Autopsy In Tyrone West Case Complete: An autopsy has been completed on a man who died in Baltimore police custody earlier this year, but the medical examiner's office is not releasing any details. City Police say Tyrone West suffered a medical emergency and died after he fought with police during a traffic stop last July, but witnesses claim he was beaten. The Baltimore Sun reports that the autopsy is now complete – more than four months after West’s death. The Medical examiner’s office has declined to explain the delay. And state authorities say the results of the autopsy cannot be shared because the case remains under criminal investigation. The Baltimore City Council is set to hold a hearing on the case next week.

Kwiatkowski Sentenced: A former hospital technician who infected patients in Maryland and several other states with hepatitis C is being sentenced to 39 years in prison. While working at a number of hospitals, David Kwiatkowski injected himself with painkillers, then refilled the syringes with a saline solution that would later be used on patients. The Baltimore Sun notes that Kwiatkowski worked at 18 hospitals in seven states prior to being hired at New Hampshire's Exeter Hospital in 2011. He pleaded guilty to more than a dozen federal charges in August.

Weekend MARC Service Starts Saturday: Traveling between Baltimore and Washington, DC is about to get easier – at least, on the weekends. Starting this Saturday, the MTA's MARC trains will begin offering weekend service. There will be nine round trips on Saturdays and six on Sundays. All service will be on the Penn Line, between Penn Station in Baltimore and DC's Union Station. Ticket prices will be the same as on weekdays, and weekly and monthly passes will be honored.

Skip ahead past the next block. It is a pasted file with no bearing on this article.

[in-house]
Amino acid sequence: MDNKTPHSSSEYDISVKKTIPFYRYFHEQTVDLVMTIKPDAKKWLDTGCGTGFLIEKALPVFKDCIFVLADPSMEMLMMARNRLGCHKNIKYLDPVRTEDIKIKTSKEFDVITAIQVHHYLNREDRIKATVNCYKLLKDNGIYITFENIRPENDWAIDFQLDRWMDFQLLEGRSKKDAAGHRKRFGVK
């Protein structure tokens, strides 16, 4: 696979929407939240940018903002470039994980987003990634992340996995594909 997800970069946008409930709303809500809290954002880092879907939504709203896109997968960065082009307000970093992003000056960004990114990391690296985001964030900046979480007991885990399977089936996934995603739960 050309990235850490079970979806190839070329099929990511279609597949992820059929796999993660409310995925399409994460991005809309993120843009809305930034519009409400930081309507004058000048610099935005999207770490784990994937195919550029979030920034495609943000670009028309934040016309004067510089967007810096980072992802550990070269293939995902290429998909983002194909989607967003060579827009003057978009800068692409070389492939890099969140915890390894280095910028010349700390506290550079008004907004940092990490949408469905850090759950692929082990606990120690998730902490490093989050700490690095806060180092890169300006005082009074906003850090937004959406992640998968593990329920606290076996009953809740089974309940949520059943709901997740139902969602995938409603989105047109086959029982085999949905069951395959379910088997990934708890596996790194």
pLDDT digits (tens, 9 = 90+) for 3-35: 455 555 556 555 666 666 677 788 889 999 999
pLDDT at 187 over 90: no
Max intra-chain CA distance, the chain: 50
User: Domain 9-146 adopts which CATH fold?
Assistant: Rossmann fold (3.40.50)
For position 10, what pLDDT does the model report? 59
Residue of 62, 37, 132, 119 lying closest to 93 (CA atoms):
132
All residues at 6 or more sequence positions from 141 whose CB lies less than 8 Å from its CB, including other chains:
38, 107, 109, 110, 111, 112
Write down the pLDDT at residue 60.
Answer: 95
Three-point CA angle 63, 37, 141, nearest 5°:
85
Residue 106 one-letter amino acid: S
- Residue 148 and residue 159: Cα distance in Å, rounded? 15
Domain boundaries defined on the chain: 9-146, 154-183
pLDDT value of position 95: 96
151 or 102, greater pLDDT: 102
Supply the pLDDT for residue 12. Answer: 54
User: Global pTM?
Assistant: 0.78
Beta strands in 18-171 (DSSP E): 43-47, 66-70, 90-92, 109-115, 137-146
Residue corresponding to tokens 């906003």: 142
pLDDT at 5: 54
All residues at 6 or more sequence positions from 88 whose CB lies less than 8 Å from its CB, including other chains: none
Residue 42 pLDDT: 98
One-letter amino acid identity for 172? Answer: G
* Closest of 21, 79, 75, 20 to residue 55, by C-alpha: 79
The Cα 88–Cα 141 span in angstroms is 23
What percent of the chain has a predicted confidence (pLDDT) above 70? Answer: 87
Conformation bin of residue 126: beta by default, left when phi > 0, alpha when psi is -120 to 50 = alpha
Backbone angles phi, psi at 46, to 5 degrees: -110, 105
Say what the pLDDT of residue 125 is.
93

Cristo Rey Ends Dreadlocks Ban: Students at Baltimore’s Cristo Rey Jesuit High School will now be allowed to have dreadlocks. The college preparatory school had previously banned the hairstyle; Cristo Rey’s communications director tells the Baltimore Sun that the policy is no longer in effect.

Baltimore Farmers’ Market And Bazaar Season Nears Close: The end is near for this year's Baltimore Farmers' Market and Bazaar, but it's ending in a holiday spirit. The market will continue to operate three more Sundays through December 22nd… offering shopping opportunities including holiday foods – as well as gift items, wreaths, Christmas trees and other decorations. Once this season is over the market will remain closed until Sunday April 6th. The Baltimore News Journal has more.

Rare December Code Orange Alert In Effect: For the second day in a row, the Maryland Department of the Environment has issued a Code Orange Air Quality Alert for the Baltimore Metro area. That means air quality conditions are unhealthy for sensitive groups… today, the conditions are caused by warming temperatures and stagnant air, which is allowing fine particles to accumulate. It’s rare for a Code Orange to be declared outside the summer months… but a spokesperson for the Environment Department tells the Baltimore Sun that fine particle accumulations can happen any time. Folks in sensitive groups – including people with asthma, heart disease or lung diseases… as well as children and the elderly – should avoid strenuous outdoors activity today.